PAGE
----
Cooper Union students locked themselves in the library as protestors attempted to bang down the doors. NYU students are being shouted down outside their library by a person with a “White Supremacy” sign. Columbia students were screamed at by professors and fellow students, calling them colonizers and claiming they support apartheid, all this before they shut down the campus for safety concerns — all this on one Thursday! The list of antisemitism and I really do mean this, goes on and on.

On October 7th, the world changed. The terrorist group Hamas, which has ruled much of the Gaza Strip since the early 2000s, launched an all-out attack on Israel. Terrorists ran, drove, and paraglided into Southern Israel, killing, raping, mutilating, and kidnapping Israelis. Over 1,400 Israelis were killed, and over 250 were taken hostage. The fallout and retaliation happening in Israel, in Gaza, and in parts of Southern Lebanon is becoming another senseless war in the region. Hamas in Gaza and Hezbollah terrorists in Lebanon both have the sole goal of destroying Israel, gripping the region and thrusting it into a horrible wave where thousands upon thousands of innocent lives are being lost. Over land? Religion? Power? Bragging rights? A mix of all of them? Who knows — I don’t know.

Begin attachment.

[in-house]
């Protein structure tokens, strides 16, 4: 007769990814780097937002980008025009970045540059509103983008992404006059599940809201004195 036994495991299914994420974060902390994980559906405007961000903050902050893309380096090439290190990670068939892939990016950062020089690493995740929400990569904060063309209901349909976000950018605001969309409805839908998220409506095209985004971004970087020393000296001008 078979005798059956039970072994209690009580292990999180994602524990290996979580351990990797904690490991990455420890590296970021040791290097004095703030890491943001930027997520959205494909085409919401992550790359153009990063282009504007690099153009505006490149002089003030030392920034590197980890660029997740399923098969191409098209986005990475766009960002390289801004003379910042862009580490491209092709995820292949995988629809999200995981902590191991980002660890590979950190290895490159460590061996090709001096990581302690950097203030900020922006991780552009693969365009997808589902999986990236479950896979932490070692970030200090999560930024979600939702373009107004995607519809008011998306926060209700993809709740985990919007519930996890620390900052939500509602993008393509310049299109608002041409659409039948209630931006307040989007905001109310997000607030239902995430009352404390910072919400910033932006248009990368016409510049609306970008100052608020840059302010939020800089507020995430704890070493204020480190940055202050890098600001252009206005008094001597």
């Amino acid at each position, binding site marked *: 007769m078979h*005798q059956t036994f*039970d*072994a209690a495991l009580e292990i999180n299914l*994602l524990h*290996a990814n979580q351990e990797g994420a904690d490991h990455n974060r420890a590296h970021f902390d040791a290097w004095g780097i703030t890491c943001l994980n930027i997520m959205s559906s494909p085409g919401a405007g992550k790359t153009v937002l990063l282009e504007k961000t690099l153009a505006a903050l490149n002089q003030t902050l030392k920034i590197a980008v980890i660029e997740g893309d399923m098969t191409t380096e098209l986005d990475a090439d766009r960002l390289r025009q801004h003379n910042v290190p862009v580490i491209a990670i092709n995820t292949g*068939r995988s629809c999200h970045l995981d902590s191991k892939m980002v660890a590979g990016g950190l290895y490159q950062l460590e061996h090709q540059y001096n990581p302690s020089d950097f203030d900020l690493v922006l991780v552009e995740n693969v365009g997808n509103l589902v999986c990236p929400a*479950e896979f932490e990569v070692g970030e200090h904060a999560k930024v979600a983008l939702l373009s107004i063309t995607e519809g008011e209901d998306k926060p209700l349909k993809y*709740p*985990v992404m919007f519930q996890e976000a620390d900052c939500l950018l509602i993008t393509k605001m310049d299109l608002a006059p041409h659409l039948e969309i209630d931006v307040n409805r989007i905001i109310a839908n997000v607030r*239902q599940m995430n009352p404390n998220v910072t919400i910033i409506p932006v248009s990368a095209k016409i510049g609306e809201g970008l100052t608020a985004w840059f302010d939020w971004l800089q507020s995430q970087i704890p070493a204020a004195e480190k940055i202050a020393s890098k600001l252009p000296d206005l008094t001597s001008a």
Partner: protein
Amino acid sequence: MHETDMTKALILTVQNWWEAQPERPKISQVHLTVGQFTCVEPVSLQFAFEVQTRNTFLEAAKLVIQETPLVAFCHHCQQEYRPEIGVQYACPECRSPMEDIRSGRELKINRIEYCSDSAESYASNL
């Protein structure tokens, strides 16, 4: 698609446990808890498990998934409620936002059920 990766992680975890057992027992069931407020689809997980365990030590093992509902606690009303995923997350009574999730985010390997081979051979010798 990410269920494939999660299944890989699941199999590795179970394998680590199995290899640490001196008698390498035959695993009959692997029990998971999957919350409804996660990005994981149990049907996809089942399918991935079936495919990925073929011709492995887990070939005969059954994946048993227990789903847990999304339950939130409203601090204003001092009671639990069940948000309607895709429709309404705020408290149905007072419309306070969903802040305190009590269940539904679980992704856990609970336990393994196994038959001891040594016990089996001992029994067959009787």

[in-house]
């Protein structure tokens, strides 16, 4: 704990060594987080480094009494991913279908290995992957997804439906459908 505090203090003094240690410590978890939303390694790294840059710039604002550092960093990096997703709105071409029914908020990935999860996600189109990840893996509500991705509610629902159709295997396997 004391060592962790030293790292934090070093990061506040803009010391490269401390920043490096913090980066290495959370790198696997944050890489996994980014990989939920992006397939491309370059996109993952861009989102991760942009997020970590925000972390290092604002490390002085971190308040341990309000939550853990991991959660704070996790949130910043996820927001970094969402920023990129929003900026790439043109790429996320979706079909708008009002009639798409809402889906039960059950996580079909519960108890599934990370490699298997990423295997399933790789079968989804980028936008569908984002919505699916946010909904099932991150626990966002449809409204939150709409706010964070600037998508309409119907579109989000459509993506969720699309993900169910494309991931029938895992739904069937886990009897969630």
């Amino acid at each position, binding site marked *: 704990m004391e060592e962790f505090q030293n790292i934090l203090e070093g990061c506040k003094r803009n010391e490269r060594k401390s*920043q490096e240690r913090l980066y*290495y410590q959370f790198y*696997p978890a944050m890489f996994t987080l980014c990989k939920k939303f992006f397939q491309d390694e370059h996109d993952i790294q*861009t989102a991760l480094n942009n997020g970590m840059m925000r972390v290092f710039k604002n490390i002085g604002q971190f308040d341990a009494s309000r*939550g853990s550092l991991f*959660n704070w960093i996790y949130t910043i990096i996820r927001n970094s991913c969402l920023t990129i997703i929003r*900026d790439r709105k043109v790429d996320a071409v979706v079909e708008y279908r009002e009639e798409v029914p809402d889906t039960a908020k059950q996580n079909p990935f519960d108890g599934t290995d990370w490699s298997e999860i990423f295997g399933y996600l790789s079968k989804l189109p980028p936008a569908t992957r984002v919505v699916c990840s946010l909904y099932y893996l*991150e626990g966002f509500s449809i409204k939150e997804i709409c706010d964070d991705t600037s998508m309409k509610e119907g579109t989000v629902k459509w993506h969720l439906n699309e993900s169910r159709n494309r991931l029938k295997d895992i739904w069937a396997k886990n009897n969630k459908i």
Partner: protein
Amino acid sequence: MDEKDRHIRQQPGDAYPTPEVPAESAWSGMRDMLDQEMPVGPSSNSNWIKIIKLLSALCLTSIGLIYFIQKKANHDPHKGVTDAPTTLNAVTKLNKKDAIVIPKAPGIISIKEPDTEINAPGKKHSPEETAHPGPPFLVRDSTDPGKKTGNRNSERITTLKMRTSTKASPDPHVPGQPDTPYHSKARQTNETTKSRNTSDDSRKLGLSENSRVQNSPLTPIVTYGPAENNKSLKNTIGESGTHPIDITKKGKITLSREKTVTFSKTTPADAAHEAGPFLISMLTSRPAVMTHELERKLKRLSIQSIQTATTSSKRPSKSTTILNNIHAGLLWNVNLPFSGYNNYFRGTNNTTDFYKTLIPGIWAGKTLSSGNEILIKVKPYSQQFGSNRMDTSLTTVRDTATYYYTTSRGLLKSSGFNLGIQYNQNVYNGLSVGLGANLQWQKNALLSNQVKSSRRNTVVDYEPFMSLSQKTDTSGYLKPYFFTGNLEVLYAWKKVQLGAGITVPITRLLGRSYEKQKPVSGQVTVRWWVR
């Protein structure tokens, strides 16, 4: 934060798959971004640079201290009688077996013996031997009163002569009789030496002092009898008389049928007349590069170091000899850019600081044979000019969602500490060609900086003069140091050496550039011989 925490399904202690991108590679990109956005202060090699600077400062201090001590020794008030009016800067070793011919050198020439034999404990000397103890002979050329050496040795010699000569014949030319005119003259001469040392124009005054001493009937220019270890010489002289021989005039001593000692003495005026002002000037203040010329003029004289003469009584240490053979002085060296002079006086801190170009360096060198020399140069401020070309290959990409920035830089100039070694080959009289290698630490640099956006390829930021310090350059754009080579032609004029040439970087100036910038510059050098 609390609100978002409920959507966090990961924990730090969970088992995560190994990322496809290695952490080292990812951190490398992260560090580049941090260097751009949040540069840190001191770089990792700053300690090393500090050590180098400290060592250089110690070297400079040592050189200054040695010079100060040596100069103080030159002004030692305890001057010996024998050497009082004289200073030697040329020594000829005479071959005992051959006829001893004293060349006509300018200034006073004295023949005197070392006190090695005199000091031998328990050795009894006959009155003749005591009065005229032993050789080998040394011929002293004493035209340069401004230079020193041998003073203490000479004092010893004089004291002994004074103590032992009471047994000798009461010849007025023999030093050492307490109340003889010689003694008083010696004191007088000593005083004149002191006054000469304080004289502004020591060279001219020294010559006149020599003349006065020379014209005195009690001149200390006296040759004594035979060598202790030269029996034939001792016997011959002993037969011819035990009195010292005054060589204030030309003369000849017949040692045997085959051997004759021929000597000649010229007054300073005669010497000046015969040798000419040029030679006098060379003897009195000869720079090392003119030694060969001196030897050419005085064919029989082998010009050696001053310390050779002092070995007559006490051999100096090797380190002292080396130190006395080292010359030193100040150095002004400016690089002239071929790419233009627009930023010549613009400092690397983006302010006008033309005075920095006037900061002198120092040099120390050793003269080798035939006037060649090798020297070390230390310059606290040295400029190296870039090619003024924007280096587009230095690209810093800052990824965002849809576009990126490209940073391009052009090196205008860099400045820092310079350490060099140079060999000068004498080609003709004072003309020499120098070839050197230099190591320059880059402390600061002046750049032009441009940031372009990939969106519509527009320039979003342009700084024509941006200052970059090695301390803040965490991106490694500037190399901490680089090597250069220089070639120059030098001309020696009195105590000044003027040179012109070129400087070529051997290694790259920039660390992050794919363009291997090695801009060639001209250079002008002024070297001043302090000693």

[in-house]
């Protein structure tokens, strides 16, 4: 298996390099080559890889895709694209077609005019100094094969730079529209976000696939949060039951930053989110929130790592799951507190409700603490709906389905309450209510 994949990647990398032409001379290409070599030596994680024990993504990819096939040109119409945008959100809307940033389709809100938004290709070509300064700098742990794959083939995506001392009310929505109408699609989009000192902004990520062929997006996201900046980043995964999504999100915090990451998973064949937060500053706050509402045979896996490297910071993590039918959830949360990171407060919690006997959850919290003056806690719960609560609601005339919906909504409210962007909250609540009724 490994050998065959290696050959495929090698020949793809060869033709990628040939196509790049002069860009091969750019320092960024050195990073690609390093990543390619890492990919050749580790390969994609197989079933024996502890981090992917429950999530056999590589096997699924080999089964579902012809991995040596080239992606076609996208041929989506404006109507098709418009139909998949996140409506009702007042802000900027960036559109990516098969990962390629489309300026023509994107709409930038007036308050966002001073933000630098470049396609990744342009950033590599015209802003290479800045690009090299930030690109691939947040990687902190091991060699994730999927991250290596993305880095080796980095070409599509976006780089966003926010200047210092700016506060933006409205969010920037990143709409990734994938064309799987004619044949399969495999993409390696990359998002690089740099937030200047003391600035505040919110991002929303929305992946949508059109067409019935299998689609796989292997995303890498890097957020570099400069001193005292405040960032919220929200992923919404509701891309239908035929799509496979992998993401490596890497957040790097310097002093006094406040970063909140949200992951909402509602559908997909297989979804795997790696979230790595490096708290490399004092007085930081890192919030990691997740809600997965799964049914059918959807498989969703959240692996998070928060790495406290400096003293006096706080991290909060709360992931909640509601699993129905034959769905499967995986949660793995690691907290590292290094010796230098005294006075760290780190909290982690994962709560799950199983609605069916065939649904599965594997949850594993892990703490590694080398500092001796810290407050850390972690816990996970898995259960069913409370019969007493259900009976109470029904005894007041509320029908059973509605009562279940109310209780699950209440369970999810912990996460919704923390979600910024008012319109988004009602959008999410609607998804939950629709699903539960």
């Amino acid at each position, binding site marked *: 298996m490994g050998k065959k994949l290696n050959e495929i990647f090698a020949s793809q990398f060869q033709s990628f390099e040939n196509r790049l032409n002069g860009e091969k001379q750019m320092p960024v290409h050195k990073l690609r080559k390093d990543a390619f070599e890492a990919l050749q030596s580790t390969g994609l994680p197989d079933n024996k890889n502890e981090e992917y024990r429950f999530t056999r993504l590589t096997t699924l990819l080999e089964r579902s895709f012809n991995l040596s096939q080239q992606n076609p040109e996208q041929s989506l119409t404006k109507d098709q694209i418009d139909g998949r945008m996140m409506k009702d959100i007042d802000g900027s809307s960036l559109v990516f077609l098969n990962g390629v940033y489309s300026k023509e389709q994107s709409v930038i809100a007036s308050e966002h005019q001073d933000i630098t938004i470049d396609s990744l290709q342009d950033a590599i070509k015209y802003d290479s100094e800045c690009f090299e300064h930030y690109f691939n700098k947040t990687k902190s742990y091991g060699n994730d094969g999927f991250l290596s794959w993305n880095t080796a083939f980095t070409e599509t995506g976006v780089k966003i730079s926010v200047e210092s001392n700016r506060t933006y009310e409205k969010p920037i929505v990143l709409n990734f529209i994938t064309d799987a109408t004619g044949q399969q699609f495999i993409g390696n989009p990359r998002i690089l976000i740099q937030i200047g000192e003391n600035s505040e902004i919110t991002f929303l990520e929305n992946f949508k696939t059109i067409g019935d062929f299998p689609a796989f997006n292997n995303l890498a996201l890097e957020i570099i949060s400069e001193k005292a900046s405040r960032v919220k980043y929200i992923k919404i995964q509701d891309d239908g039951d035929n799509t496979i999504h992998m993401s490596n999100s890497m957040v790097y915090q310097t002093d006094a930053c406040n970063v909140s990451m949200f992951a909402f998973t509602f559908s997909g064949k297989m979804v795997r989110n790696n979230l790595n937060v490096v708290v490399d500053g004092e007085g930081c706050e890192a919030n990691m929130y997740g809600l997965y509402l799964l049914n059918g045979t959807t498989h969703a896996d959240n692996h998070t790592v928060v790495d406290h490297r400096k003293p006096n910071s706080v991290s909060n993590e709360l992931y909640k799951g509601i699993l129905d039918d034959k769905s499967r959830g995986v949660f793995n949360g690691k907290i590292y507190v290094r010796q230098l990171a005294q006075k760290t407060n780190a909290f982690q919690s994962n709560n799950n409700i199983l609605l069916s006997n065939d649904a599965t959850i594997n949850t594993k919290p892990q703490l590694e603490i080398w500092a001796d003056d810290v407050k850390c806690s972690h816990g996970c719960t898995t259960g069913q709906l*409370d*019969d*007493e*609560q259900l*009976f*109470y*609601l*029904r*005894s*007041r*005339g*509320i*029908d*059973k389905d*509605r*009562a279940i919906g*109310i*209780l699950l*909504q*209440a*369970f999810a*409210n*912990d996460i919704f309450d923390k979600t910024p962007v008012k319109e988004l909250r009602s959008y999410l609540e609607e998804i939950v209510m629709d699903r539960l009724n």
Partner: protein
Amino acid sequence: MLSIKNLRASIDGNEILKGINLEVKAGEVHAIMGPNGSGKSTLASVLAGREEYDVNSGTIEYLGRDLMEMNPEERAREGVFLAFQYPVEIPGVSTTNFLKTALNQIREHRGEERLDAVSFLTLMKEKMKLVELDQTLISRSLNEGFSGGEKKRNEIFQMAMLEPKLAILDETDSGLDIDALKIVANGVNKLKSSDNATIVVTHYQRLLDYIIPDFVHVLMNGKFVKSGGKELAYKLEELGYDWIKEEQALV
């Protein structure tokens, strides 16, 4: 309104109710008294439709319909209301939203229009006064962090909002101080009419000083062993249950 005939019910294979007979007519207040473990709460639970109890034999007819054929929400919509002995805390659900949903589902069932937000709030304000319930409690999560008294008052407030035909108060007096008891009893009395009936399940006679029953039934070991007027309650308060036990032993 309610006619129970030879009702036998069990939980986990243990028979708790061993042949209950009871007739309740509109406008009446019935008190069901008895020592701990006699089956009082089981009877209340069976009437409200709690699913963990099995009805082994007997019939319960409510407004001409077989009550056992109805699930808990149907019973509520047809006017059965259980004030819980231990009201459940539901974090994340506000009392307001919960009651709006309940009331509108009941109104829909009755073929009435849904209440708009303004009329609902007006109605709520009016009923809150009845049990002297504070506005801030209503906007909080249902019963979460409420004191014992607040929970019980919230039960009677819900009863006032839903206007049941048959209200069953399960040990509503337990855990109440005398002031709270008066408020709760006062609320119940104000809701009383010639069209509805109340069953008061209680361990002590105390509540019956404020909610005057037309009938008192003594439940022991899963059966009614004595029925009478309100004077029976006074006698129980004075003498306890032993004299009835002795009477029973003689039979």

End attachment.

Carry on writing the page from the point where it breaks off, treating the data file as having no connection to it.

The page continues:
What we do know is that for the average person, it can be hard to draw a line between rockets being fired half a world away and Jews at Cooper Union being attacked, but there is an unfortunate correlation.

Just as a war has broken out half a world away in the Middle East, a war has broken out here in the United States. An ideological war. A struggle, one that the world has seen many times before and will continue to see for many years to come. Oh wait, you know this one, we covered it earlier… It’s antisemitism.